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Taking a Fresh Look at ROAS


Return on Ad Spend, or ROAS, is a common metric to measure campaign performance, especially in direct mail campaigns. To calculate ROAS, divide the revenue generated from a campaign by the cost to execute it. This metric is easy to calculate, easy to explain, and resonates across stakeholder. However, we previously discussed 3 reasons brands should move away from ROAS. Optimizing ROAS has little to no impact on top line sales, and excludes fringe and lapsed customers. It is also not an ideal metric to compare performance across channels.

The first step in moving away from such a heavy reliance on ROAS is being able to trust data. All stakeholders need to be able to understand and trust lift metrics, future projections, and advanced analytics. These metrics are not as explicit from a revenue standpoint, but it’s key to have internal buy-in that data and advanced metrics will be more valuable in the long term.

Move Away from ROAS

Once you have overcome that hurdle, here are 3 things to consider when moving away from ROAS:

  1. Don’t Rip Off the Band-Aid. Marketers have been using ROAS forever, so internal stakeholders are used to hearing about optimize it. When you start off, you need to continue mailing to groups that generate high ROAS. As you are moving towards an incremental metric, you will notice your ROAS drop significantly. This may be uncomfortable to see, but you need to trust that the data and your tests are driving revenue in the long run. In the meantime, you still need to prove that your campaigns are profitable in order to get the funding you need.
  2. Test and Control. While you are still mailing groups that generate high ROAS, you should begin to use test and control groups. Test small groups of lower ROAS customers so you don’t completely dilute the existing metric that people are comfortable with while you learn about the relationship between ROAS and incrementality. Find a small group of people you aren’t currently sending to, and measure both the ROAS and lift on this group. Compare those metrics to the group of high ROAS customers, and start to identify opportunities to optimize true incrementality.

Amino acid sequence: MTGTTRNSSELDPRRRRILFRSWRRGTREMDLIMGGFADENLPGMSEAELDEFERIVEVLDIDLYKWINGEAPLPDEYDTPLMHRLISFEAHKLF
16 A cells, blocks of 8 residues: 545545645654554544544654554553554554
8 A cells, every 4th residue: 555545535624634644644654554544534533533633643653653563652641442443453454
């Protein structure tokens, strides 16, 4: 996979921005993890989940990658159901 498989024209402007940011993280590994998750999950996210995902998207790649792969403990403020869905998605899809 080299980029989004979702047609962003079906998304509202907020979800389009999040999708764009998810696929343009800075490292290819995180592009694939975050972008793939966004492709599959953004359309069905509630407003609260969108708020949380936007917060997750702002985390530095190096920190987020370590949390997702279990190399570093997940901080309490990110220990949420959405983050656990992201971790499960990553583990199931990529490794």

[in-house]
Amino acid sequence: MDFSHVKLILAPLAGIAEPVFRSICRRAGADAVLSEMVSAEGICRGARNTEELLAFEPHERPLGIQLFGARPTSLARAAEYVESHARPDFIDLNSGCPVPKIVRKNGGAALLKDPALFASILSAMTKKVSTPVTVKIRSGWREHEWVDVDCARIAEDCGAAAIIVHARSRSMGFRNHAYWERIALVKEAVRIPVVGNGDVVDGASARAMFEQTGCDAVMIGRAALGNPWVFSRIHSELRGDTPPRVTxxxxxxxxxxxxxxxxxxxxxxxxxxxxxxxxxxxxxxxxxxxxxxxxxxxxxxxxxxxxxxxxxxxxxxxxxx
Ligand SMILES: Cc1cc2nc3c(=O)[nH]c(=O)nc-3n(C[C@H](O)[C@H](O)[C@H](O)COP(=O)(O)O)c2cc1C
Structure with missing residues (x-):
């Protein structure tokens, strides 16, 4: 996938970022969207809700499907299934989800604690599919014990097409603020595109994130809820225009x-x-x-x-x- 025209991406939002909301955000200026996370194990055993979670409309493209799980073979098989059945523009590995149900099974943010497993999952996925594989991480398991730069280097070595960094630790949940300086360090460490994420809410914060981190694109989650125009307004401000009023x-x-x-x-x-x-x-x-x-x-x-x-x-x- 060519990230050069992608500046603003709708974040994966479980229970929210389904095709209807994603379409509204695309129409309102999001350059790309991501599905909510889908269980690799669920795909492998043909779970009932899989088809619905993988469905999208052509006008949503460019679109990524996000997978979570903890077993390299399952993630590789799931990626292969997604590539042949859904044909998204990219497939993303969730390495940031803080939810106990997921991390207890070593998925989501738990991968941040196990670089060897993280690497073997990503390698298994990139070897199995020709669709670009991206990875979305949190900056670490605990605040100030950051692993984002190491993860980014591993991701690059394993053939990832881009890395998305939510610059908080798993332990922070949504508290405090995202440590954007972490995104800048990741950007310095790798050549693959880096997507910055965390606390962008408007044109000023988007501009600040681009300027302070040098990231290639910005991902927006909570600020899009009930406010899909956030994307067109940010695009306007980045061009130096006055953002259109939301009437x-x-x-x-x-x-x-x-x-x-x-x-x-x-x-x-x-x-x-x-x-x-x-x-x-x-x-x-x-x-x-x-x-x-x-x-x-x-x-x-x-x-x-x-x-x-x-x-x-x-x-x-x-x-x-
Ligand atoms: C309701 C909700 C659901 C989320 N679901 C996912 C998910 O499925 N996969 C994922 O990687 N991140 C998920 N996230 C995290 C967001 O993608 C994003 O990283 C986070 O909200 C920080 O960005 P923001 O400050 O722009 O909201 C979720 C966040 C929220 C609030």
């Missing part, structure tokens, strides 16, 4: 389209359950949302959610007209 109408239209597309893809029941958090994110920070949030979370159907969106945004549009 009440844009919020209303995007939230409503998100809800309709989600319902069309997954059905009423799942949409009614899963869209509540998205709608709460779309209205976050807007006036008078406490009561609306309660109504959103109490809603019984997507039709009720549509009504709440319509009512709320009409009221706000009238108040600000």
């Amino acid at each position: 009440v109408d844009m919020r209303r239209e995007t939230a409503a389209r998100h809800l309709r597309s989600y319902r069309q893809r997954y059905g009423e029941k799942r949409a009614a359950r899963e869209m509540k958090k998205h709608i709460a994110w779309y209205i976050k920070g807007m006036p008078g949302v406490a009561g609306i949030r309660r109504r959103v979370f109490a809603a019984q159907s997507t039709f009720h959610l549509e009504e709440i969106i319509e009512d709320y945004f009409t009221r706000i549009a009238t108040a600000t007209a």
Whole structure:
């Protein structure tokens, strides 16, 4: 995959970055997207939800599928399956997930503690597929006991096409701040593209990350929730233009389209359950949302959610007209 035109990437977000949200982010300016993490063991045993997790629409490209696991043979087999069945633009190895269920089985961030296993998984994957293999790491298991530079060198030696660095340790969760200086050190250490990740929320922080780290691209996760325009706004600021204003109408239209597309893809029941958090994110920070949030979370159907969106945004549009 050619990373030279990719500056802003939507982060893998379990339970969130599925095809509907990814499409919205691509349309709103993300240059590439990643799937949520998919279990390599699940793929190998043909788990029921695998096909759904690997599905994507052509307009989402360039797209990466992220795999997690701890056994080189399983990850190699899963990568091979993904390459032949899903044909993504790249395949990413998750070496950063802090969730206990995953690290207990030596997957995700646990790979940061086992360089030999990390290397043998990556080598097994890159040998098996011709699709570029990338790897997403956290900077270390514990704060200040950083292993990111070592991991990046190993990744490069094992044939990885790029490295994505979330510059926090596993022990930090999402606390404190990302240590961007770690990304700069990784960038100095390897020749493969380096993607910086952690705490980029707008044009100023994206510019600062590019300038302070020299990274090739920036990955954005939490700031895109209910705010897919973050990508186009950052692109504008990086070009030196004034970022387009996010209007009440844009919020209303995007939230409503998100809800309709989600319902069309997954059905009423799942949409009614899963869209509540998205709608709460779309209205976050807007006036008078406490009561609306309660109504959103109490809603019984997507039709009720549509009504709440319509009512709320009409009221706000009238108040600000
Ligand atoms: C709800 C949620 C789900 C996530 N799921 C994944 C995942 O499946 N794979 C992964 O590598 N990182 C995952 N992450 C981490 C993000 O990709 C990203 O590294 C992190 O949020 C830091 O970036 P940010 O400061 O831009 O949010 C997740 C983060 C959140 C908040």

3. Frequency Testing. Define long-term hold out groups to establish frequency testing and the long-term impact of receiving mail beyond the matchback period. You should try to find the optimal frequency for all your different customer segments. (Hint: Customers probably don’t need a direct mail piece every month.) For example, try sending best customers 6 catalogs a year, and sending low-end customers 3 catalogs a year. It will take more time to collect the data, but you will be able to find out what works best for each segment for their long-term customer journey.

Putting it into Action

At the end of the day, you need a marketing database system that allows you to pull test and control groups, manage their journeys and measure the results over a period of time. In addition, you need the skill set and marketing analysts to closely monitor and report on these new metrics.

The most important thing to remember is to be patient. This change in mindset, and the results, will not happen overnight. It may not even happen in 3 months, or 6 months. To see incremental change, especially in direct mail, you may need to wait 12-18 months. While incremental results may be less intuitive, they help paint a more accurate picture that effects top line revenue across the entire organization.